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1 West High Street
Somerville, Somerset County, New Jersey
(908) 526-0505

By The Artful Diner
December 17, 2007


You descend the stairs below proprietor John Proske's Il Pomodoro. At the bottom, you discover a cozy space replete with snugly spaced tables, banquette & throw pillows, several flat screen TVs (thankfully, without benefit of sound during our several visits), and a comfy L-shaped bar. Welcome to Mr. Proske's second venture, Tapastre, an establishment dedicated to "tapas," those tantalizing appetizers that originated in the bars and restaurants of Spain and have recently become wildly popular all over the world (including an unpretentious eatery in the heart of the Munich train station -- which was surprisingly good, by the way).

But not all tapas are created equal... and this particular genre has become so fanatically faddish as to give any red-blooded American foodie considerable pause. But rest easy, as Tapastre is infinitely more than just a cleverly conceived culinary turn-of-phrase.

Utilizing only pristinely fresh ingredients, executive chef Hany Elmokdem takes diners on an incomparable gastronomic tour of the Mediterranean rim -- Spain, France, Italy, the Middle East, Turkey & Greece, and North Africa -- and more than delivers the goods. His combinations of comestibles are flawless, his presentations beguilingly attractive. And this is surely no easy task; given the tapas format, diners inevitably order three or four or more small plates rather than just appetizer and entrée, necessitating a good deal more work on the part of the kitchen... but Mr. Elmokdem and his able staff certainly appear to be up to the challenge.

You inevitably begin with an amuse bouche -- the most memorable being a crystal clear, intensely flavorful duck consommé awash with julienne strips of duck breast and diced aromatic vegetables (carrot, onion & red pepper) -- and then move on to debate the delightful choices of the evening.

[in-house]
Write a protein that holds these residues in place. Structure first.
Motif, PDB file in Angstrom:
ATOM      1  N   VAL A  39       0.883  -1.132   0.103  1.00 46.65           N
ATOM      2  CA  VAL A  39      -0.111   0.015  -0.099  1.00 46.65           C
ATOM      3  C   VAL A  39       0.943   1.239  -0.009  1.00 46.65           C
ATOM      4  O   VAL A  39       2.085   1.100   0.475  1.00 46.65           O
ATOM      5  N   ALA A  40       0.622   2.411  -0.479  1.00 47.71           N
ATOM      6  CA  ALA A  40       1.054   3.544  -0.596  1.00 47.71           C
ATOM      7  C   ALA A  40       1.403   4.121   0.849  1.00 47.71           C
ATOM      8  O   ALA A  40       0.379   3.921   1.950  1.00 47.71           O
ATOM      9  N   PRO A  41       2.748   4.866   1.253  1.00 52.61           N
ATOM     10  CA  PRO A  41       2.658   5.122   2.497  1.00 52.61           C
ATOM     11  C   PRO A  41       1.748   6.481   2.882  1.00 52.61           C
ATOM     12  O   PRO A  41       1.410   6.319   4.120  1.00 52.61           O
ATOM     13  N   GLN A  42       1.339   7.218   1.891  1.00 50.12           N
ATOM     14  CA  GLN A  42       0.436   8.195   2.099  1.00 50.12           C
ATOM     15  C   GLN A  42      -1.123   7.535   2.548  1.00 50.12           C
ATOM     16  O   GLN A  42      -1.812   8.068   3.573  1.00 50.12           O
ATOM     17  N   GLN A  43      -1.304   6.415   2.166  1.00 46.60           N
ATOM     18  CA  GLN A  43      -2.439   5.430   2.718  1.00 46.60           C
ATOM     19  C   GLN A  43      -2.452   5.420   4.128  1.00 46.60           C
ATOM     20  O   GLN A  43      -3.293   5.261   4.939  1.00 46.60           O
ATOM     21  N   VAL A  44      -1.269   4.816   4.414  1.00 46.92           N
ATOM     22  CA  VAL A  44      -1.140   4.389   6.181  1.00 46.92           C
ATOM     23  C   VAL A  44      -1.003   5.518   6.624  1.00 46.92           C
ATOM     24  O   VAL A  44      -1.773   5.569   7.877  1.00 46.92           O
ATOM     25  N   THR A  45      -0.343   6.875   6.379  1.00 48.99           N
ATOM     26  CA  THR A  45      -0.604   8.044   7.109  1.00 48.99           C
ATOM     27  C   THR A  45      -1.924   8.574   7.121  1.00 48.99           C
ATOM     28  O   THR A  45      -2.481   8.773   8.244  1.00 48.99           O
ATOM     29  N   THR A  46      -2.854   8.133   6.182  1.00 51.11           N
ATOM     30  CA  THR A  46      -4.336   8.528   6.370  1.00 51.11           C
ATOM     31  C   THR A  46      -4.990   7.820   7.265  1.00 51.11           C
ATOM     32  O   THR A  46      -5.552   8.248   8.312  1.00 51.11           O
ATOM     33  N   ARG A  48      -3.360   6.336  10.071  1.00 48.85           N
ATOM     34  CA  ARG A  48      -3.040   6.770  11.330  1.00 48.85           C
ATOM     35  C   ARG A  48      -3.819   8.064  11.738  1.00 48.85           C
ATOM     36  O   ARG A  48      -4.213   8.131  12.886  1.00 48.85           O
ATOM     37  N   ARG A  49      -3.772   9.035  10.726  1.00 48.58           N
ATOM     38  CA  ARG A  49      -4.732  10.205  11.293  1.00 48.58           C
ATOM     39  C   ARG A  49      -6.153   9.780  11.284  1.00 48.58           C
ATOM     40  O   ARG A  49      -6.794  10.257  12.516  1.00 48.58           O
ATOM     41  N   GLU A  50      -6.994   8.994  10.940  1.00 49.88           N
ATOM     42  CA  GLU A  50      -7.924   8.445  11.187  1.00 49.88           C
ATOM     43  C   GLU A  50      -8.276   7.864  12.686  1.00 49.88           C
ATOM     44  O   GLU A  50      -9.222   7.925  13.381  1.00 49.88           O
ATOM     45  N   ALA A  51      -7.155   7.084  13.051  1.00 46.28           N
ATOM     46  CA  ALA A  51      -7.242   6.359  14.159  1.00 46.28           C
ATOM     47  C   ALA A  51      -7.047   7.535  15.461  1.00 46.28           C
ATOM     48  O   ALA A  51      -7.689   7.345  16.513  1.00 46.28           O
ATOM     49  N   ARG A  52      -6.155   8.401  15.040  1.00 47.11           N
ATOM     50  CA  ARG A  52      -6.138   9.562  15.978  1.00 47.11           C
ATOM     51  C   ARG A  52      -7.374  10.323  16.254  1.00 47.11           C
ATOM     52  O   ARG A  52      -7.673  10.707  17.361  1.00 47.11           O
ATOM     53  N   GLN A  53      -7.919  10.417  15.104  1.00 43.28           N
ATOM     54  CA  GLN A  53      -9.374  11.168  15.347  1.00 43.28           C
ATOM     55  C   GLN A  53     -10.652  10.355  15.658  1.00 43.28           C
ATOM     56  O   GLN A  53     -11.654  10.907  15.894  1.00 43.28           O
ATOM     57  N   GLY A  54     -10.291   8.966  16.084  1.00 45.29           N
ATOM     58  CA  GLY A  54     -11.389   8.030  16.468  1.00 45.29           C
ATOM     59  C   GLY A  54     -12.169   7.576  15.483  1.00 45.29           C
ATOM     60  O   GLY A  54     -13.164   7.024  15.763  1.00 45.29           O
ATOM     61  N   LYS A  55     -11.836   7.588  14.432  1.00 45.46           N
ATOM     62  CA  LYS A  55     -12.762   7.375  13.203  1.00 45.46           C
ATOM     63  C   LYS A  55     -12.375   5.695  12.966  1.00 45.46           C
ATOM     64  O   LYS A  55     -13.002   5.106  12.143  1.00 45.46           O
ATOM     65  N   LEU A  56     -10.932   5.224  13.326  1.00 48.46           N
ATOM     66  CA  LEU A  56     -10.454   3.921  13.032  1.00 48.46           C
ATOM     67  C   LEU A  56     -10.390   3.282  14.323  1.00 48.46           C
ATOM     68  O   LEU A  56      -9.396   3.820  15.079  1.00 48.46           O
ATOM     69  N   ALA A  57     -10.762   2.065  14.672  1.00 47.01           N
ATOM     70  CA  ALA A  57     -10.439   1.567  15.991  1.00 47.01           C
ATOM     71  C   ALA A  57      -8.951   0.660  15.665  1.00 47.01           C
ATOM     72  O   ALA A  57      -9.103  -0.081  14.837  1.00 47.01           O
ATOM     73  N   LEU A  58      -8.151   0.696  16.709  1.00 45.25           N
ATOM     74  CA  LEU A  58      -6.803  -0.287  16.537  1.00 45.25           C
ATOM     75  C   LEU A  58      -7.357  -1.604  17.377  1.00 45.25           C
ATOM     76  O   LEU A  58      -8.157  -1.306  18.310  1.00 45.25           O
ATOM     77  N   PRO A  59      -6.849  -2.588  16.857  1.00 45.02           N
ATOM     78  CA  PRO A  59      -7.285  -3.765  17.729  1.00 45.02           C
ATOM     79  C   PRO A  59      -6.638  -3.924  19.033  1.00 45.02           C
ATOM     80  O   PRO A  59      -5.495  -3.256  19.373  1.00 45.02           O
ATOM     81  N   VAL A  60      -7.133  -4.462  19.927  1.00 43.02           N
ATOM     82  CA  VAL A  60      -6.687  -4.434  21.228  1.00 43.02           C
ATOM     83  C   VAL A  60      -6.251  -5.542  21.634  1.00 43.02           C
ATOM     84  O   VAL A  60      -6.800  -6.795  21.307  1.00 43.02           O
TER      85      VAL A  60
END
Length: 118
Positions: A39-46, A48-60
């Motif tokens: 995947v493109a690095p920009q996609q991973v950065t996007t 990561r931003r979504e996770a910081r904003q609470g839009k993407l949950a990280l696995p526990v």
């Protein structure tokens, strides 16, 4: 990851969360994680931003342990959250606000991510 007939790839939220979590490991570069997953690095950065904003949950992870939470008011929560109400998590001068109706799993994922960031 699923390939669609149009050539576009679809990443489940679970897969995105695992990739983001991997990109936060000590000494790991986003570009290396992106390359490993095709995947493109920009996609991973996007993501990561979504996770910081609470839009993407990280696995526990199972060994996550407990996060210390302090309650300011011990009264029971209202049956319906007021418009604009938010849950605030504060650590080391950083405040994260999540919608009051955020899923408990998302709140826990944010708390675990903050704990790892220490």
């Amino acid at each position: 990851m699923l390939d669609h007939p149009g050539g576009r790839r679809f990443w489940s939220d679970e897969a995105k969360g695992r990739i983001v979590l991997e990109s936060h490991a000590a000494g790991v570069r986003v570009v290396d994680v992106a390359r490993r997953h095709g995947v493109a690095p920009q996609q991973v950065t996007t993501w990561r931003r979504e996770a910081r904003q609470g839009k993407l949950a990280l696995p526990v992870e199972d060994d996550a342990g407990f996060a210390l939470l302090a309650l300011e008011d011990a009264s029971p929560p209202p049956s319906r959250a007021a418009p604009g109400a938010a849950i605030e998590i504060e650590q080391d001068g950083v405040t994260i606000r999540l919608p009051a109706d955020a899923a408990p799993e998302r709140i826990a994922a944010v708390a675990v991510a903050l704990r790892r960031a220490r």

If you're just stopping in for an early drink at the bar before moving on -- and this is a great spot for a preprandial libation -- and just want something to curb the appetite, you might try the house-marinated mixed olives ($3.50) from the Italian section... or, better still, I highly recommend the completely irresistible Spanish lightly-breaded, deep-fried olives set on a bed of greens and sided by an addictive manchego fondue ($7.50).

On the other hand, should you be settling in for dinner in earnest, here are a few favorites gleaned from the various menu regions... In the Spanish section, the chicken & chorizo croquette with sun-dried tomato & olive tapenade ($6.50) is nicely seasoned and tantalizes the palate with just the right amount of pizzazz. Even better, in my opinion, is the lush and succulent kurobuta (Japanese black hog) pork sausage set on a bed of truffled white bean cassoulet and saffron sweet onions ($8.00).

If you're a Francophile, you'll find the mille feuille ($8.00), a take-off on the classic French dessert -- layers of grilled portobello, roasted red pepper, and fresh mozzarella tiered with pesto crustini -- an outstanding option... ditto the rich and meaty seared scallops companioned by bacon pesto and blue cheese cookies ($7.50).